Articles on the implementation of ObamaCare.

In a bit of poetic justice, a tax named after an automobile brand got a boost from contract negotiations in the Motor City.

That new federal levy, officially called an excise tax on high-cost health coverage, is better known as the “Cadillac tax.” Under this provision of the Affordable Care Act, employer-sponsored health coverage worth more than $10,200 per year to an individual or $27,500 per year to a family will be subject to a 40 percent tax on the amount that exceeds the threshold. The tax doesn’t take effect until 2018, and as we get closer to that date, pressure in Congress is building to repeal it.

A U.S. appeals court has ruled that President Barack Obama’s healthcare law violates the rights of religiously affiliated employers by forcing them to help provide contraceptive coverage even though they do not have to pay for it.

Parting ways with all other appeals courts that have considered the issue, the 8th U.S. Circuit Court of Appeals in St. Louis on Thursday issued a pair of decisions upholding orders by two lower courts barring the government from enforcing the law’s contraceptive provisions against a group of religiously affiliated employers.

Late last month, the Nevada Health Co-op became the third casualty among 23 insurance start-ups created under the federal health care law to inject competition for coverage in certain parts of the country.

Set up as nonprofits with consumer-led boards, the co-ops were designed to provide affordable insurance coverage to individuals and small businesses. They were intended under the law to offer alternatives — and hopefully cheaper prices — to the plans sold by large established insurance companies in some regions.

The public employees responsible for overseeing $600 million in contracts to build healthcare.gov were inadequately trained, kept sloppy records, and failed to identify delays and problems that contributed to millions in cost overruns.
That’s according to a new government audit, published today. It reveals widespread failures by the federal agency charged with managing the private contractors who built healthcare.gov.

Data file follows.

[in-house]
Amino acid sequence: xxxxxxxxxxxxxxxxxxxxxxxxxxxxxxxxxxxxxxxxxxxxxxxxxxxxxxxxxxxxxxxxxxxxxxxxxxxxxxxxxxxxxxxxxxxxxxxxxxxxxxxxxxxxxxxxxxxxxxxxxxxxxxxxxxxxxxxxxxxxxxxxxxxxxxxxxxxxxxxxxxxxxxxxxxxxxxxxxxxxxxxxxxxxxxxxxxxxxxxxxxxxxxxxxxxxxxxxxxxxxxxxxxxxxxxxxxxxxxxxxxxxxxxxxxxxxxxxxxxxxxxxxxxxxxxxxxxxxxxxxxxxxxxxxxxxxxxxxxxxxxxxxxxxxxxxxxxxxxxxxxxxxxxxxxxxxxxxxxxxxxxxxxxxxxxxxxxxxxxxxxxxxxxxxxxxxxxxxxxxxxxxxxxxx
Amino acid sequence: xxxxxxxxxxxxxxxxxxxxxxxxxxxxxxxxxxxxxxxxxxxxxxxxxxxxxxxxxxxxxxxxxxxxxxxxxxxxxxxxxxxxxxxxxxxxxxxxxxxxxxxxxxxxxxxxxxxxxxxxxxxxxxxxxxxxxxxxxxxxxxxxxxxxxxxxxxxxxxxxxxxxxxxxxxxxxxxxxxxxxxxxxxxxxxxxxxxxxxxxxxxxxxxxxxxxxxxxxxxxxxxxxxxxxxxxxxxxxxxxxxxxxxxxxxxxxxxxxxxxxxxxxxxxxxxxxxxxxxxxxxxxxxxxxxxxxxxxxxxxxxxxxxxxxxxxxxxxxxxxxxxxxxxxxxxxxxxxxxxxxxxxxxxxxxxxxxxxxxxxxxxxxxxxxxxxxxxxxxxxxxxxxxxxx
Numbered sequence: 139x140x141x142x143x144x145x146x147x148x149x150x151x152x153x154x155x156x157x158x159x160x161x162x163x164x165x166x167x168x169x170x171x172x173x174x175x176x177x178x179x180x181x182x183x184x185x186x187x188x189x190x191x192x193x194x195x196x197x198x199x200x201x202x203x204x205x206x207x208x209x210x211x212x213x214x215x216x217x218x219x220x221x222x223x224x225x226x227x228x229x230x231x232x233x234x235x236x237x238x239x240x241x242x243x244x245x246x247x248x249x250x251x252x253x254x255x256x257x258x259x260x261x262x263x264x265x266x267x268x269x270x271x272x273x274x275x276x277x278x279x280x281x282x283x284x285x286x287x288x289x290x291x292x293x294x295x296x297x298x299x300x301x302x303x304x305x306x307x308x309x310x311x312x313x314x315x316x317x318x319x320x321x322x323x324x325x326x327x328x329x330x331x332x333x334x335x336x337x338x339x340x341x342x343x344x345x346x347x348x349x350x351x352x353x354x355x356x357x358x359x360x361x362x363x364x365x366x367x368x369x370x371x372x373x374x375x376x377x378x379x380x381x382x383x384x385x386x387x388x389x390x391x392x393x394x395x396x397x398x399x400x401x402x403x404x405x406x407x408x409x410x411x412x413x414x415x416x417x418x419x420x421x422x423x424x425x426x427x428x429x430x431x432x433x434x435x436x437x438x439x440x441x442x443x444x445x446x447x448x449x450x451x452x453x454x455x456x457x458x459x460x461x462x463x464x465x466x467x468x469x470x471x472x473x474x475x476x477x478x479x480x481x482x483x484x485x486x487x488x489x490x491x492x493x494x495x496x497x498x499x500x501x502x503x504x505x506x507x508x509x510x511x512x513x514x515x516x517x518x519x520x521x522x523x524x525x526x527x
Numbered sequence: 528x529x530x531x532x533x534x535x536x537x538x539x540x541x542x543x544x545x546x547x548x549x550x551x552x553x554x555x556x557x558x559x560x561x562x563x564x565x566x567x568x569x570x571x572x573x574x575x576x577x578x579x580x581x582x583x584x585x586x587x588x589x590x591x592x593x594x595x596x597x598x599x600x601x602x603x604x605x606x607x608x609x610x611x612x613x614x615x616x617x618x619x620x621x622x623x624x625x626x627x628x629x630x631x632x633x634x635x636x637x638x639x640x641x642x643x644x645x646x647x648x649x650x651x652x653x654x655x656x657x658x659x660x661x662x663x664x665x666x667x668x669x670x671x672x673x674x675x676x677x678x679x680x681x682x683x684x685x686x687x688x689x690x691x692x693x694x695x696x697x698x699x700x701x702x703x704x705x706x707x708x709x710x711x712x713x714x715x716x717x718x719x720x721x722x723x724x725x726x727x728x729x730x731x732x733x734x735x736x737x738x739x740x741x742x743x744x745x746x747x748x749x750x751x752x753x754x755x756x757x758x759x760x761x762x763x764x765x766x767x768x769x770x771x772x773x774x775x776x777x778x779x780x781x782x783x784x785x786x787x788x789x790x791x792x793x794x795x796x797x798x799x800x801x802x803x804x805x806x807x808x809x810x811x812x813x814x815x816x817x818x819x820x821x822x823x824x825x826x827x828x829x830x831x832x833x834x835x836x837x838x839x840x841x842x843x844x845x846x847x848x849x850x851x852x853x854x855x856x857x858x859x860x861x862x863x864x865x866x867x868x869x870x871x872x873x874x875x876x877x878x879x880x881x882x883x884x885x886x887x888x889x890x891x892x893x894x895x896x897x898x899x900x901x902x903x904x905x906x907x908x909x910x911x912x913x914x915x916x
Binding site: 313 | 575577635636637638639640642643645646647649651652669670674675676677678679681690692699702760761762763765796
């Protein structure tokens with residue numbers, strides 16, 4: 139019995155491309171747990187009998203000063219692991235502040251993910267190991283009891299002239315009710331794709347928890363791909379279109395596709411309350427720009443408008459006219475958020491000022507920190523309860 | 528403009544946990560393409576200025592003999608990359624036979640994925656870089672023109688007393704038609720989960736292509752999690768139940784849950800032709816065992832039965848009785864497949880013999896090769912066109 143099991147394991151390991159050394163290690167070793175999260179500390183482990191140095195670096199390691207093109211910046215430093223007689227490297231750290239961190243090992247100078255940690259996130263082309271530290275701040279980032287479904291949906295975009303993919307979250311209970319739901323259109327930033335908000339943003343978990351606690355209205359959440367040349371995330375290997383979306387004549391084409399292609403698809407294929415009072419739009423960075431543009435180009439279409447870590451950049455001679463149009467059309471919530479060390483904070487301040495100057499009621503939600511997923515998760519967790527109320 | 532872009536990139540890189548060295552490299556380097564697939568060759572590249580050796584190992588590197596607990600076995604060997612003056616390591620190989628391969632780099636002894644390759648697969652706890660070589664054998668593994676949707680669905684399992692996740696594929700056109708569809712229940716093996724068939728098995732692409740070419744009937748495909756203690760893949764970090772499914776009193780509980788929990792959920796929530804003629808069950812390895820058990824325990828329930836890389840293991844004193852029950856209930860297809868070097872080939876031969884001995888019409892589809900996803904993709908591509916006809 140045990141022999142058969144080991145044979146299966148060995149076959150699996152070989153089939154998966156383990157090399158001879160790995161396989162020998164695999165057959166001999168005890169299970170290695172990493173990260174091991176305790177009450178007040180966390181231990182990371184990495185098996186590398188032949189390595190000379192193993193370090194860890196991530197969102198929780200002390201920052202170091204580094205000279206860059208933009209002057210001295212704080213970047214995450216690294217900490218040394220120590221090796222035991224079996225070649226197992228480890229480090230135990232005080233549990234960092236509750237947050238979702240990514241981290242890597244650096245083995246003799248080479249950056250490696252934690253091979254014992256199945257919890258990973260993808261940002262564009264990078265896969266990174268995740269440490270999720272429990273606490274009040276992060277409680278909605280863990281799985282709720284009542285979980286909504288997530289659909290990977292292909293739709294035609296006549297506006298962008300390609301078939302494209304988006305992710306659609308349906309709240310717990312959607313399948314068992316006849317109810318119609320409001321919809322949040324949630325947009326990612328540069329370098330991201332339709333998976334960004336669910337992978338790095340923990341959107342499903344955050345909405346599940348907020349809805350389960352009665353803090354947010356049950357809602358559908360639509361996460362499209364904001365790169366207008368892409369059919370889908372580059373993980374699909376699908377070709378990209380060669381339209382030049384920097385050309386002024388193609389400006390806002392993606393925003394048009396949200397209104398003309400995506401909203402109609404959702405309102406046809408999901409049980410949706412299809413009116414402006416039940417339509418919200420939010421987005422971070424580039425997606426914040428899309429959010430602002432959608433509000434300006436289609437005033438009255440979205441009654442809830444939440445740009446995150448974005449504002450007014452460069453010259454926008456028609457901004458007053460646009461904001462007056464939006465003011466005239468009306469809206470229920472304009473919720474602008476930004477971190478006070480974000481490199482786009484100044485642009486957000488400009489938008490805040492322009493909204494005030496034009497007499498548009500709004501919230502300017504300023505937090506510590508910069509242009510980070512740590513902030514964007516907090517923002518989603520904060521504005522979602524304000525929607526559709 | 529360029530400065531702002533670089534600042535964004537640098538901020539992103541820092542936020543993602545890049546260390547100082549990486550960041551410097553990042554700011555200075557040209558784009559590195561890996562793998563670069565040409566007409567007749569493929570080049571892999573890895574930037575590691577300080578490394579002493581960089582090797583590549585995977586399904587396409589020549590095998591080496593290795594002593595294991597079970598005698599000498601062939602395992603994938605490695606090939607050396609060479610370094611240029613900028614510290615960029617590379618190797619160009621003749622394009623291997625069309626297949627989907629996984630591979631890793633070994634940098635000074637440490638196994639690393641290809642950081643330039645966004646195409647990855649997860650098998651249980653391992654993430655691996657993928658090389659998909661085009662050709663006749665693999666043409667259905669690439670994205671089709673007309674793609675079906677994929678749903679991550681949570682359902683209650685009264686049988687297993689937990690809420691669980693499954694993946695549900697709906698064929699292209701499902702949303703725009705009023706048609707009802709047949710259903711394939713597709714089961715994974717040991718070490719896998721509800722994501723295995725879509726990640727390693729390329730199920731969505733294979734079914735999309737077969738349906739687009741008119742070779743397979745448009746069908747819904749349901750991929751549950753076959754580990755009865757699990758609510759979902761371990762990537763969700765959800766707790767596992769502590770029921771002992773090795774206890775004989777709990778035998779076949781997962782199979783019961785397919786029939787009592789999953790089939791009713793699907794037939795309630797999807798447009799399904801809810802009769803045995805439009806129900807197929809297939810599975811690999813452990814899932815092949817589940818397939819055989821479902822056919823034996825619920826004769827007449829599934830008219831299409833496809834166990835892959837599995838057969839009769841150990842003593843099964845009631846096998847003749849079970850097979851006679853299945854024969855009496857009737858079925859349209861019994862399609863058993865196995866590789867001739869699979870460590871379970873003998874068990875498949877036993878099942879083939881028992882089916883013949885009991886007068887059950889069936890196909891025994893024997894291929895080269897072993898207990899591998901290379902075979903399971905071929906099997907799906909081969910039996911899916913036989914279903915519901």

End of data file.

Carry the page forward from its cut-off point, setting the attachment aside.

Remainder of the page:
Ike Brannon is offering a full-throated defense of the Cadillac tax over at The Weekly Standard. He fully concedes that Obamacare is “replete with bad policies.” But he would have us believe “the so-called Cadillac tax is not one of them.”

Congress has less than a month to make a small fix to Obamacare that could have a big impact on small businesses.

A bill that has been introduced would enable a state to decide whether to expand the definition of a small group health insurance market. It may not seem like a big deal, but lawmakers say the slight change could have a big impact on premiums for more than 3 million employees.

The White House is calling for a “more aggressive strategy” to reduce improper payments made by Medicare and the Affordable Care Act (ACA), according to a letter made public to the Department of Health and Human Services (HHS).

The Center for Public Integrity obtained the February letter — written by Office of Management and Budget Director Shaun Donovan and addressed to HHS Secretary Sylvia Mathews Burwell — after a Freedom of Information Act lawsuit.

About 9.9 million people got health insurance coverage through the marketplaces set up by the Patient Protection and Affordable Care Act as of June 30, a decline from earlier in the year though still higher than the Obama administration’s target.

If you thought the debate about Obamacare’s birth control mandate was settled with the Hobby Lobby case, think again.

This fall, nonprofit employers in seven different lawsuits are asking the Supreme Court to hear their cases. One of those cases is Little Sisters of the Poor v. Burwell. In this case, a group of Catholic nuns is simply asking not to be party to providing birth control. It should go without saying; contraception mandates and nuns should not mix.

President Obama’s health care law and related regulations require most employers to provide free contraception coverage to their female workers. But there are exceptions and accommodations for religious groups and their affiliates.

March for Life sued the Department of Health and Human Services and other agencies, arguing that the government had violated equal protection principles by treating it differently from “similarly situated employers.”